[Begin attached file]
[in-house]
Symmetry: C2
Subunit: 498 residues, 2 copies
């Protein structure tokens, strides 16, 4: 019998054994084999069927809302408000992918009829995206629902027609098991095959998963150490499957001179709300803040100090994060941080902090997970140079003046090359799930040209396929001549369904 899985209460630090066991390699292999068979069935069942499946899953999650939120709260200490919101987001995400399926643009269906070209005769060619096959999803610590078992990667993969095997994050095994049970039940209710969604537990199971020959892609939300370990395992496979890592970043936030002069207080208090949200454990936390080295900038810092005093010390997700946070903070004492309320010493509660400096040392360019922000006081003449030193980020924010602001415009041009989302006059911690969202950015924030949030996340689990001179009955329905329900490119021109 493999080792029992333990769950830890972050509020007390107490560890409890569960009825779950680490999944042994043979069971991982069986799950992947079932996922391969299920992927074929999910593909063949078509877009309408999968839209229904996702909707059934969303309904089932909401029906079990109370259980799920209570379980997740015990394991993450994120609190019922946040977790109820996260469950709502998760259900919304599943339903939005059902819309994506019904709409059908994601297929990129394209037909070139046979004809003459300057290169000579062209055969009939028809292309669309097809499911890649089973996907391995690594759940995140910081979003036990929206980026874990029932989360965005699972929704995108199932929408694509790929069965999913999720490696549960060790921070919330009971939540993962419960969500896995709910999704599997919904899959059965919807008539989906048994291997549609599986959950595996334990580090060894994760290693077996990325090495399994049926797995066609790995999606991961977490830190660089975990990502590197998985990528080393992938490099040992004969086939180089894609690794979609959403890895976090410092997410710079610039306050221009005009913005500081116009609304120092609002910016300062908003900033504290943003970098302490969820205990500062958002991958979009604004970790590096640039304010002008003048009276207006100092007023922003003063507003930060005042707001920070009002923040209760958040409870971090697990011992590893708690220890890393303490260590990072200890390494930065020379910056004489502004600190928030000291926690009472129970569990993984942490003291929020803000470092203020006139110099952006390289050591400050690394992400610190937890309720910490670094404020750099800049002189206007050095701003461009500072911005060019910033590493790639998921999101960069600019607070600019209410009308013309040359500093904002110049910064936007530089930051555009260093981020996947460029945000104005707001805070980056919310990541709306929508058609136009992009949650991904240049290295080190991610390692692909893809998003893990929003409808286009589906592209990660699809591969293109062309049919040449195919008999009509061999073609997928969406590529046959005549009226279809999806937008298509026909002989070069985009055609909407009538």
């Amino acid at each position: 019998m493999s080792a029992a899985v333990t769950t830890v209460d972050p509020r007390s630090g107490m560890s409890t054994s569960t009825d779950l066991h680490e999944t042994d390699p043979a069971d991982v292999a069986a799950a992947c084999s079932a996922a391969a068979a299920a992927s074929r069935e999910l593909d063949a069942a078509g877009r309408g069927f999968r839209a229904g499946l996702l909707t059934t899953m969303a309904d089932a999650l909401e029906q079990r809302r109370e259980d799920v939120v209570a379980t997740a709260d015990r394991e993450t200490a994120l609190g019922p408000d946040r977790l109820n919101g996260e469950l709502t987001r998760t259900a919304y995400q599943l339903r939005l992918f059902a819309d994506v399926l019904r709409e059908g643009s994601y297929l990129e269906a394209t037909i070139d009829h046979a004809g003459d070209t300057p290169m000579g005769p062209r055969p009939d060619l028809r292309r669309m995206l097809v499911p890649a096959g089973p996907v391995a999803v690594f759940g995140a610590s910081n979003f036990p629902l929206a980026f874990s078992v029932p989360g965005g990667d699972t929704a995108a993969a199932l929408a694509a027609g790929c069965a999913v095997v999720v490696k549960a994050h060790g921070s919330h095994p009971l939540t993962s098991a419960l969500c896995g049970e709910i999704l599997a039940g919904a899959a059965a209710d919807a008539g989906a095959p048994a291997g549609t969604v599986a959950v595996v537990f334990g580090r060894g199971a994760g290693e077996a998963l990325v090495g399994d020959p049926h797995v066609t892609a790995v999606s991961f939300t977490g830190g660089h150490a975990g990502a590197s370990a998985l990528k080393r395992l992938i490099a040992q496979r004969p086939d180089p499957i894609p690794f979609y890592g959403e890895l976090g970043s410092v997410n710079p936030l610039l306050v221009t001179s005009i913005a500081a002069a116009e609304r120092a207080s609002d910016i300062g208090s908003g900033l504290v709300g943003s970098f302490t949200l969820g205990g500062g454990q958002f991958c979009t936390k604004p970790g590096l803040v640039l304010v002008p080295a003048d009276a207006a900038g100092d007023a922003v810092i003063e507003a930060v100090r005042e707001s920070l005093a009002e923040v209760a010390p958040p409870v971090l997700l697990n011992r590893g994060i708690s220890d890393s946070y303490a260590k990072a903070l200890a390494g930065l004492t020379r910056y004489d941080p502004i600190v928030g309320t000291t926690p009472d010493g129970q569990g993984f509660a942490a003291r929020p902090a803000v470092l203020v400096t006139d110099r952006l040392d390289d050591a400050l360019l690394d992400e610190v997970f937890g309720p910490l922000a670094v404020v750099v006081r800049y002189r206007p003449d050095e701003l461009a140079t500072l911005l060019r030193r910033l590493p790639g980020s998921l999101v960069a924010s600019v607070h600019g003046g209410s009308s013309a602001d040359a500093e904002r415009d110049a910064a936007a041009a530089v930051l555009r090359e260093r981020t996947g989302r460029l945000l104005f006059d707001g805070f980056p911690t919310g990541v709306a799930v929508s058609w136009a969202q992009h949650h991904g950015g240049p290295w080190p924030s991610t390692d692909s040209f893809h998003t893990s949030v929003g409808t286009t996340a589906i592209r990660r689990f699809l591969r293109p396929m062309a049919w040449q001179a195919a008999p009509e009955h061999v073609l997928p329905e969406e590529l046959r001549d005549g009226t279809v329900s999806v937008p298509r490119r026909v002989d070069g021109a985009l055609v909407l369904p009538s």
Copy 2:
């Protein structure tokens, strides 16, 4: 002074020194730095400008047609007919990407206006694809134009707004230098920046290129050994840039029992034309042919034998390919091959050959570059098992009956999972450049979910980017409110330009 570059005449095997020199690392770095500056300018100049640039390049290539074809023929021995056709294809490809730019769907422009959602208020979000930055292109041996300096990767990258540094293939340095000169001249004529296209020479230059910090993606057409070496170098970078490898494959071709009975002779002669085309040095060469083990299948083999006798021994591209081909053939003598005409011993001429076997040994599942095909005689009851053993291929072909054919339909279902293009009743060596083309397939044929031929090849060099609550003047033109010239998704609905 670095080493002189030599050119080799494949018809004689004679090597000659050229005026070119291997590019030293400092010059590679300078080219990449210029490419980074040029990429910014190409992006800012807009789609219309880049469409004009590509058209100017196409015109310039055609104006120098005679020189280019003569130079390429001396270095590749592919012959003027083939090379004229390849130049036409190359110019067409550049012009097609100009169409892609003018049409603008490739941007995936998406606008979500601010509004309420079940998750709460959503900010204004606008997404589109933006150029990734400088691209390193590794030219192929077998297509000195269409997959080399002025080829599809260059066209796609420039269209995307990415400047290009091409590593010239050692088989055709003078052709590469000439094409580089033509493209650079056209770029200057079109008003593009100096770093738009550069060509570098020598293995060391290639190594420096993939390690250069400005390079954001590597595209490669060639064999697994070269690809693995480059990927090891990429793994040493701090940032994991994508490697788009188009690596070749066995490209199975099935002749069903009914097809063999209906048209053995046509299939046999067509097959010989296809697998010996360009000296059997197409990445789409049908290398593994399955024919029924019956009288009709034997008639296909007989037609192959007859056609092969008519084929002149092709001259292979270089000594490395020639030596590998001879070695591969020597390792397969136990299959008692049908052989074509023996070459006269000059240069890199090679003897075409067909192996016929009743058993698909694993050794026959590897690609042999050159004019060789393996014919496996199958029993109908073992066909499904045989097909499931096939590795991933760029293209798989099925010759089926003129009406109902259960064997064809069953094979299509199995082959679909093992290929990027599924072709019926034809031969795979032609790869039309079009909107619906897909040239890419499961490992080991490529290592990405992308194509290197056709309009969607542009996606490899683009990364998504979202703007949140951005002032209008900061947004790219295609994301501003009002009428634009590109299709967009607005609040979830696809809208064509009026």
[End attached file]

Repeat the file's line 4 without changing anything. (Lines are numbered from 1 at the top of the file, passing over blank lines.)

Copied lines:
């Protein structure tokens, strides 16, 4: 019998054994084999069927809302408000992918009829995206629902027609098991095959998963150490499957001179709300803040100090994060941080902090997970140079003046090359799930040209396929001549369904 899985209460630090066991390699292999068979069935069942499946899953999650939120709260200490919101987001995400399926643009269906070209005769060619096959999803610590078992990667993969095997994050095994049970039940209710969604537990199971020959892609939300370990395992496979890592970043936030002069207080208090949200454990936390080295900038810092005093010390997700946070903070004492309320010493509660400096040392360019922000006081003449030193980020924010602001415009041009989302006059911690969202950015924030949030996340689990001179009955329905329900490119021109 493999080792029992333990769950830890972050509020007390107490560890409890569960009825779950680490999944042994043979069971991982069986799950992947079932996922391969299920992927074929999910593909063949078509877009309408999968839209229904996702909707059934969303309904089932909401029906079990109370259980799920209570379980997740015990394991993450994120609190019922946040977790109820996260469950709502998760259900919304599943339903939005059902819309994506019904709409059908994601297929990129394209037909070139046979004809003459300057290169000579062209055969009939028809292309669309097809499911890649089973996907391995690594759940995140910081979003036990929206980026874990029932989360965005699972929704995108199932929408694509790929069965999913999720490696549960060790921070919330009971939540993962419960969500896995709910999704599997919904899959059965919807008539989906048994291997549609599986959950595996334990580090060894994760290693077996990325090495399994049926797995066609790995999606991961977490830190660089975990990502590197998985990528080393992938490099040992004969086939180089894609690794979609959403890895976090410092997410710079610039306050221009005009913005500081116009609304120092609002910016300062908003900033504290943003970098302490969820205990500062958002991958979009604004970790590096640039304010002008003048009276207006100092007023922003003063507003930060005042707001920070009002923040209760958040409870971090697990011992590893708690220890890393303490260590990072200890390494930065020379910056004489502004600190928030000291926690009472129970569990993984942490003291929020803000470092203020006139110099952006390289050591400050690394992400610190937890309720910490670094404020750099800049002189206007050095701003461009500072911005060019910033590493790639998921999101960069600019607070600019209410009308013309040359500093904002110049910064936007530089930051555009260093981020996947460029945000104005707001805070980056919310990541709306929508058609136009992009949650991904240049290295080190991610390692692909893809998003893990929003409808286009589906592209990660699809591969293109062309049919040449195919008999009509061999073609997928969406590529046959005549009226279809999806937008298509026909002989070069985009055609909407009538």